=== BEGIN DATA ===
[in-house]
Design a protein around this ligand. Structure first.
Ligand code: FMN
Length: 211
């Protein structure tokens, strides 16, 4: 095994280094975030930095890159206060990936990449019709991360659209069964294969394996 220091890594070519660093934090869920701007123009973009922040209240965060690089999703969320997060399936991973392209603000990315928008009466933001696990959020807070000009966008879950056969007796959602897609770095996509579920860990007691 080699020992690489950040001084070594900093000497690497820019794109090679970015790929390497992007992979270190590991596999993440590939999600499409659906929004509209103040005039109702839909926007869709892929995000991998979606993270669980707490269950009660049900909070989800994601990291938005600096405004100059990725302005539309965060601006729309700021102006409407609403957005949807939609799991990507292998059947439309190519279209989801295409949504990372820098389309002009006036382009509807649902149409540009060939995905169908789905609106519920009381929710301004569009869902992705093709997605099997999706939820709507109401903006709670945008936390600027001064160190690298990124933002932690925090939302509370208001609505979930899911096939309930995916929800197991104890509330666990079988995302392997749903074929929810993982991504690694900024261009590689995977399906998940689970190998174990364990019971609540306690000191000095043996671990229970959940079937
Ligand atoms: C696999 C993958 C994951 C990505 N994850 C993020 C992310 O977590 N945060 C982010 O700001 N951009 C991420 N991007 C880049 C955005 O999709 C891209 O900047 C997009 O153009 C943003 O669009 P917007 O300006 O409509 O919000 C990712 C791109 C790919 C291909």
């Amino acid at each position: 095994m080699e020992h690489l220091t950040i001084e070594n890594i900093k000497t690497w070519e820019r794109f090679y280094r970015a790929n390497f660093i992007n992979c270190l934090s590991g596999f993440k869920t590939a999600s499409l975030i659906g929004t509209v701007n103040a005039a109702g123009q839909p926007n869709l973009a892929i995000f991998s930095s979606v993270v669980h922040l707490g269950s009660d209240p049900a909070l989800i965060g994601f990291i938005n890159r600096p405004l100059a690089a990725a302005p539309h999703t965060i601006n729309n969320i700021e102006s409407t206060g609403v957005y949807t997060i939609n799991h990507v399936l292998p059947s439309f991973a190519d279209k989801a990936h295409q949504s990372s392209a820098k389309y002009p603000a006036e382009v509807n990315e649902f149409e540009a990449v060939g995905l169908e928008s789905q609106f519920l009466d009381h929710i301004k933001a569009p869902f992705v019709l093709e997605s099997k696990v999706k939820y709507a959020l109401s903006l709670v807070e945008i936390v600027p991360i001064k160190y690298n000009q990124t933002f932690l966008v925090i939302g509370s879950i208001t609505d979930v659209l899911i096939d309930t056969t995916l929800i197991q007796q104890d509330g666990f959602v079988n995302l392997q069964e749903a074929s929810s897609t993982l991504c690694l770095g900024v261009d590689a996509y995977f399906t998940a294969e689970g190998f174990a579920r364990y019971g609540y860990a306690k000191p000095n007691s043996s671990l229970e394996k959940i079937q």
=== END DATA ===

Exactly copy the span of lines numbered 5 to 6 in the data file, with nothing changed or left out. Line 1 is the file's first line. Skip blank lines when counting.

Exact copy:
């Protein structure tokens, strides 16, 4: 095994280094975030930095890159206060990936990449019709991360659209069964294969394996 220091890594070519660093934090869920701007123009973009922040209240965060690089999703969320997060399936991973392209603000990315928008009466933001696990959020807070000009966008879950056969007796959602897609770095996509579920860990007691 080699020992690489950040001084070594900093000497690497820019794109090679970015790929390497992007992979270190590991596999993440590939999600499409659906929004509209103040005039109702839909926007869709892929995000991998979606993270669980707490269950009660049900909070989800994601990291938005600096405004100059990725302005539309965060601006729309700021102006409407609403957005949807939609799991990507292998059947439309190519279209989801295409949504990372820098389309002009006036382009509807649902149409540009060939995905169908789905609106519920009381929710301004569009869902992705093709997605099997999706939820709507109401903006709670945008936390600027001064160190690298990124933002932690925090939302509370208001609505979930899911096939309930995916929800197991104890509330666990079988995302392997749903074929929810993982991504690694900024261009590689995977399906998940689970190998174990364990019971609540306690000191000095043996671990229970959940079937
Ligand atoms: C696999 C993958 C994951 C990505 N994850 C993020 C992310 O977590 N945060 C982010 O700001 N951009 C991420 N991007 C880049 C955005 O999709 C891209 O900047 C997009 O153009 C943003 O669009 P917007 O300006 O409509 O919000 C990712 C791109 C790919 C291909």